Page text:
Is a Health Care Crisis on the Horizon?
By Jeremy Howell, MHA, Adjunct Professor of Health Sciences
If there was any doubt, the re-election of President Barack Obama on November 6, 2012, made it clear, the Patient Protection and Affordable Care Act (ACA) is here to stay. Full implementation of the law is required by 2014, allowing patients, physicians, employers, and other stakeholders two more years to prepare for the impending changes in health care in the United States.
What are the patient impacts?
Scholarly analysis shows that the ACA may result in a crisis: a shortage of primary care physicians. To get an idea of how patients may be impacted on the national level, it is important to look at the situation patient’s face in Massachusetts, where health insurance has been mandated since 2006. According to the Massachusetts Medical Society, the addition of 440,000 newly insured residents through the state's health care reform law has resulted in a shortage of primary care physicians. The increase in the number of people who qualify for medical services has forced many primary care physicians to close their practices to new patients. Another worrisome concern is lengthy wait times. Family medical appointment wait times have trended upward from 36 days in 2008 to 45 days 2011 (in Franklin County, the average wait time is 205 days!). In spite of the lengthening wait times, patients in Massachusetts give healthcare services overall a healthy 87 percent approval rating.
Will there be enough physicians to go around?
A recent article on family medicine describes the effect that ACA and other factors will have on primary care in the United States. Researchers estimate that the nation will require 8,000 additional primary care physicians in the next 13 years. An additional 30 million Americans will qualify for coverage once ACA goes into full effect in 2014. The numbers translate into calls for care that will not be met. Given the peak nationwide projections, each year 17,800,000 primary care requests for appointments will not be fulfilled.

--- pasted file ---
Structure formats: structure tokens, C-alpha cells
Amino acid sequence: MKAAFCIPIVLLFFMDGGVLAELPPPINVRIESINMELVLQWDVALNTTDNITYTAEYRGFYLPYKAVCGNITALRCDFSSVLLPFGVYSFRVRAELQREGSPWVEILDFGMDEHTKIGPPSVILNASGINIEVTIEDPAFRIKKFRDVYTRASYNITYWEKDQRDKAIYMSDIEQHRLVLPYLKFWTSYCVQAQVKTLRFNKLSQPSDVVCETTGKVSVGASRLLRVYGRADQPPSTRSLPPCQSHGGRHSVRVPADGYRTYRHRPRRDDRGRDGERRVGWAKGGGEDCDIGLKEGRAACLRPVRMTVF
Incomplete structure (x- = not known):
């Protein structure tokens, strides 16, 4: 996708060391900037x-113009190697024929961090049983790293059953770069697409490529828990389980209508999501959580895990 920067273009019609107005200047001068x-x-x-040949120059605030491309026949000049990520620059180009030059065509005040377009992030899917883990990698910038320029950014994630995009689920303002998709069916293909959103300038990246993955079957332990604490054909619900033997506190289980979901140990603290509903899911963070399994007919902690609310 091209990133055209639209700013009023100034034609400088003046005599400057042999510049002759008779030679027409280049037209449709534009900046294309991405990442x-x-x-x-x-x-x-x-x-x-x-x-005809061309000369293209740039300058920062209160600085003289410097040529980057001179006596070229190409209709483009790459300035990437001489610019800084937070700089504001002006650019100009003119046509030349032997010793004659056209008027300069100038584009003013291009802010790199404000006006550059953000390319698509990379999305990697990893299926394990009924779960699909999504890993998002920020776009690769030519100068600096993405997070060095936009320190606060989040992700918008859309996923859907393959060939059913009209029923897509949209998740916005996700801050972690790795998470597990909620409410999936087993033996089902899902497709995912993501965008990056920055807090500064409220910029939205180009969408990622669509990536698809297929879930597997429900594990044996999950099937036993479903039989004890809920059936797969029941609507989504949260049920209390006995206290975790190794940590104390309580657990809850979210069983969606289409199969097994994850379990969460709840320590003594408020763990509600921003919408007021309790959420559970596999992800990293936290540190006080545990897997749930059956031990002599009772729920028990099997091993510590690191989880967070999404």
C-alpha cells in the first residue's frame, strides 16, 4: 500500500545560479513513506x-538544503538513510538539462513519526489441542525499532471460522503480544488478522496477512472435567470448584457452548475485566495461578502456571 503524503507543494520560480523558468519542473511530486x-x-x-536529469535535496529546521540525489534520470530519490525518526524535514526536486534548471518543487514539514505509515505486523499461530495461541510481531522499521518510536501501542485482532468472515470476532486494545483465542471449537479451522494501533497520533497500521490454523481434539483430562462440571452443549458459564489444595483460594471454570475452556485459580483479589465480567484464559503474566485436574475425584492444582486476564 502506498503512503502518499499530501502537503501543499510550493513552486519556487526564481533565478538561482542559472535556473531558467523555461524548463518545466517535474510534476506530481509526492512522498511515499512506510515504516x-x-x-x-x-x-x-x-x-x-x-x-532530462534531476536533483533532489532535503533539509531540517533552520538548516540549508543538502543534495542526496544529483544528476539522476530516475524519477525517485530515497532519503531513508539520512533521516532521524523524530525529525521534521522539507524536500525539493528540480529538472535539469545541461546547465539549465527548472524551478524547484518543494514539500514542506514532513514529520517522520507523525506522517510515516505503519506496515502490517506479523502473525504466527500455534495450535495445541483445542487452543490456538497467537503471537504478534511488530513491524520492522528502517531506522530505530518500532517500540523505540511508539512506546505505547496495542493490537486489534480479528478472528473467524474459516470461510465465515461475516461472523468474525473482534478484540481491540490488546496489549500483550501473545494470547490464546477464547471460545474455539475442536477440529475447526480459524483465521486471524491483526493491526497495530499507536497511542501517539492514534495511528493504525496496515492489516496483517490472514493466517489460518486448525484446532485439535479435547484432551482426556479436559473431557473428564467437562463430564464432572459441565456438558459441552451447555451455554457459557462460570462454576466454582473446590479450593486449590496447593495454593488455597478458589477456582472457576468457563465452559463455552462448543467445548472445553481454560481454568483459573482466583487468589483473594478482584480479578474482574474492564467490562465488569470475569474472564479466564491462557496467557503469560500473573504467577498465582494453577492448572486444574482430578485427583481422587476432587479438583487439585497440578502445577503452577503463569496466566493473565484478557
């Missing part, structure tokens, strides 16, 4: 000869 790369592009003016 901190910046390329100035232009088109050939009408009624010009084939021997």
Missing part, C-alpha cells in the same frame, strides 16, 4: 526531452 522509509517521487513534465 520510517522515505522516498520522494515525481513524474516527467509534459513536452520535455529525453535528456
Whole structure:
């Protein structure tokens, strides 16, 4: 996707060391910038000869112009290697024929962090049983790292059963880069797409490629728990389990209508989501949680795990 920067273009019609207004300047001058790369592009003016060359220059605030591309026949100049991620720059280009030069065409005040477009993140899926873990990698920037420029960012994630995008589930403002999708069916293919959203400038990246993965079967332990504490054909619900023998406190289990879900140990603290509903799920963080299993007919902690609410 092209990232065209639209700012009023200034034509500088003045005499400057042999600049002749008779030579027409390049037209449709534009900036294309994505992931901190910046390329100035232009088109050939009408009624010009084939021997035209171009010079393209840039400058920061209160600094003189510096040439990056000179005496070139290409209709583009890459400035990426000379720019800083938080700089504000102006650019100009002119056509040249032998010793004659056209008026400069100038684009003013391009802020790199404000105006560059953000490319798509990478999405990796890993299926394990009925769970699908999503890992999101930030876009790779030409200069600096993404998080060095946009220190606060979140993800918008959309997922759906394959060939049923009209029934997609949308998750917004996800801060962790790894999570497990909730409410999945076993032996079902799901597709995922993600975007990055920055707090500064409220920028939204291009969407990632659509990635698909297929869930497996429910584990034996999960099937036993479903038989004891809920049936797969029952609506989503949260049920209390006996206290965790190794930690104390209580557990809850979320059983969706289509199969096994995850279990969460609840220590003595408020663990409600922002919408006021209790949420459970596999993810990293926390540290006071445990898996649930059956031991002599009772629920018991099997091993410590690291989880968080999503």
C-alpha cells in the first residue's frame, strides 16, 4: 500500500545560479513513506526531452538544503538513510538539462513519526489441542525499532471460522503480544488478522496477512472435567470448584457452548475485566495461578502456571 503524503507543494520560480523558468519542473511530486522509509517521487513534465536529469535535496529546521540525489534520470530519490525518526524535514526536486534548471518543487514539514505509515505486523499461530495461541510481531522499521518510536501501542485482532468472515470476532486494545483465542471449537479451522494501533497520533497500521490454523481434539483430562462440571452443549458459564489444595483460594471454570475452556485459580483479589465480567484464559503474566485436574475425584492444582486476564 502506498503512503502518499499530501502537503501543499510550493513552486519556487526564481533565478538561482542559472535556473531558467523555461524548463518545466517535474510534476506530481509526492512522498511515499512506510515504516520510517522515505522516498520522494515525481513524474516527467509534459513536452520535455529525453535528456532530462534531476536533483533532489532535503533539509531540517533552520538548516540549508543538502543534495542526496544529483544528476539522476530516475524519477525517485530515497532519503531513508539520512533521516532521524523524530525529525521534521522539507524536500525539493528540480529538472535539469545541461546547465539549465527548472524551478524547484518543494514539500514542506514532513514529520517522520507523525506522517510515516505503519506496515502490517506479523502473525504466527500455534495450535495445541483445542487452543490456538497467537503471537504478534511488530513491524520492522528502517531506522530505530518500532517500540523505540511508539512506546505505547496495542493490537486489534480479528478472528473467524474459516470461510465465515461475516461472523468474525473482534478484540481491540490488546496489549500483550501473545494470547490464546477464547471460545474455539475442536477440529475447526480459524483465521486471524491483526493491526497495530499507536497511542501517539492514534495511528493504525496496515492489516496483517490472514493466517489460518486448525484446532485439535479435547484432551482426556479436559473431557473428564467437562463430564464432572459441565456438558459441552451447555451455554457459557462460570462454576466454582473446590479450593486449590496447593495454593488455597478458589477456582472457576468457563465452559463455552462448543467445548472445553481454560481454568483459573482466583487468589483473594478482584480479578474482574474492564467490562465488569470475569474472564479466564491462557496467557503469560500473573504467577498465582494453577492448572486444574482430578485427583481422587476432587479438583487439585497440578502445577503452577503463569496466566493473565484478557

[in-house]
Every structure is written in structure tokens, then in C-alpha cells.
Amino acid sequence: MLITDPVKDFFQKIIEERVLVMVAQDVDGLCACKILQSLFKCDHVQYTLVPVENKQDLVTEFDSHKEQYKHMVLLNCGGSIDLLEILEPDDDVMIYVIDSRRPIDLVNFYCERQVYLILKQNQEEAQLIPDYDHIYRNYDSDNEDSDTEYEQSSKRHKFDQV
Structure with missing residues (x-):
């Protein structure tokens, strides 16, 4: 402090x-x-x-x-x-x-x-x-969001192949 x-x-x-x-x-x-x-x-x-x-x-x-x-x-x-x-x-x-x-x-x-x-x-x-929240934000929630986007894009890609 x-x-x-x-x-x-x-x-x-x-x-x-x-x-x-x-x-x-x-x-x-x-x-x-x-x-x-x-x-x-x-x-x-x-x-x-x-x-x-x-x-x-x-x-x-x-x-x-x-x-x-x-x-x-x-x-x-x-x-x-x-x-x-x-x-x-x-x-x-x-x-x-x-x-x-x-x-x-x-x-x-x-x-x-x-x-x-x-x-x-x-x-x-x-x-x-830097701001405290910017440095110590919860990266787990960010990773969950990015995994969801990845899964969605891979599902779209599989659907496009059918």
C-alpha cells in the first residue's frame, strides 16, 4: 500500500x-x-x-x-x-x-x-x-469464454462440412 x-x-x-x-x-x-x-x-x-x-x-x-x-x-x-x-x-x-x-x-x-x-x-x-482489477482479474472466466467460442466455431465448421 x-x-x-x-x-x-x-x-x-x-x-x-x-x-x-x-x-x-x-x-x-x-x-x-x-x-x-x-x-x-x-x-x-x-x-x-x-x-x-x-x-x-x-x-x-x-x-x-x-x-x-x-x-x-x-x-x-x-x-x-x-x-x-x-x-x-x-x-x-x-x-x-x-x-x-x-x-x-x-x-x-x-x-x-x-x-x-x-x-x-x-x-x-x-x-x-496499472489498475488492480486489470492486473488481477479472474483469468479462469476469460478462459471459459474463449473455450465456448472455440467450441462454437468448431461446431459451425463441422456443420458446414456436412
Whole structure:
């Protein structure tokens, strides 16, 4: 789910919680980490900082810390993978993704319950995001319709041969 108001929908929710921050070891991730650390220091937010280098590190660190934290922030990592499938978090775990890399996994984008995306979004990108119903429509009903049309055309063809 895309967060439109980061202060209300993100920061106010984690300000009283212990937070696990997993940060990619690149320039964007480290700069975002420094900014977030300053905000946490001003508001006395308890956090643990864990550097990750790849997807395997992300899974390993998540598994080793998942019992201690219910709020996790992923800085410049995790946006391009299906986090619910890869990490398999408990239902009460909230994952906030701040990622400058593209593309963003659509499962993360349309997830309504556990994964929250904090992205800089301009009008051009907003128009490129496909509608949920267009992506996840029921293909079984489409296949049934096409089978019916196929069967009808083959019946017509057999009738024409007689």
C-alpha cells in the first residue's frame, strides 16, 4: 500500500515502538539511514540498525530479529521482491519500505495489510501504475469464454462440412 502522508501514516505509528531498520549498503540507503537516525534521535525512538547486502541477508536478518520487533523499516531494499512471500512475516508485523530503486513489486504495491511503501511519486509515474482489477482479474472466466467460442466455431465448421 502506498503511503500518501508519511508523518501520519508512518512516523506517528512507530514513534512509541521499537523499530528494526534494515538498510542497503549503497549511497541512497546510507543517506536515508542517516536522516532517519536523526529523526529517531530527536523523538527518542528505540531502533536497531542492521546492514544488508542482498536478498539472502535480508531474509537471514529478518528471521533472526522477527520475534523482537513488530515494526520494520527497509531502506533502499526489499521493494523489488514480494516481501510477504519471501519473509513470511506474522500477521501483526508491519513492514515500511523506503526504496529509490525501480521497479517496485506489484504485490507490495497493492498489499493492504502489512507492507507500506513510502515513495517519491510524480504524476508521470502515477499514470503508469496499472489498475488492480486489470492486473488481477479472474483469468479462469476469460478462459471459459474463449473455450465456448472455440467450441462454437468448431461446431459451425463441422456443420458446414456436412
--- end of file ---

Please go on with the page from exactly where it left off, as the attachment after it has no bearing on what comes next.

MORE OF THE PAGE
Are salaries to blame?
A principal reason for the shortage of primary care physicians is in the discrepancy between their pay and the higher pay of specialists, particularly surgeons. The number of medical school graduates entering family medicine fell from 8,162 in 2000 to 6,757 in 2007, as reported by the Association of American Medical Colleges. Furthermore, recent studies by the Council on Graduate Program Education show that fewer than 20% of U.S. medical students are choosing primary care. To meet this impending crisis in health care, the ACA provides $1.5 billion over a five year period from 2011 to 2016 in order to expand the National Health Service Corps and increase the number of primary care physicians, nurse practitioners, and physician assistants.
If the goals are not met, 30 million people in this country will qualify for medical coverage that cannot be assured. Dr. Randy Wexler of the John Glenn Institute of Public Service and Policy has sounded the alarm stating “Coverage does not equal access.” The ACA is clearly here to stay and we have a lot of catching up to do in order to keep a crisis at bay.
What can be done to overcome the potential primary care physician shortage in the U.S. and meet the needs of an increased patient population?
Jeremy Howell is an adjunct professor in CTU's College of Health Sciences. A career officer with the U.S. Navy, he is a Lieutenant the Navy's Medical Service Corps and is currently stationed at Naval Hospital Bremerton, Washington. He holds his Master's in Health Administration from the U.S. Army-Baylor University, and his undergraduate degree from Embry-Riddle Aeronautical University. Opinions expressed here within are solely those of the author and do not necessarily reflect the position of his employer(s).
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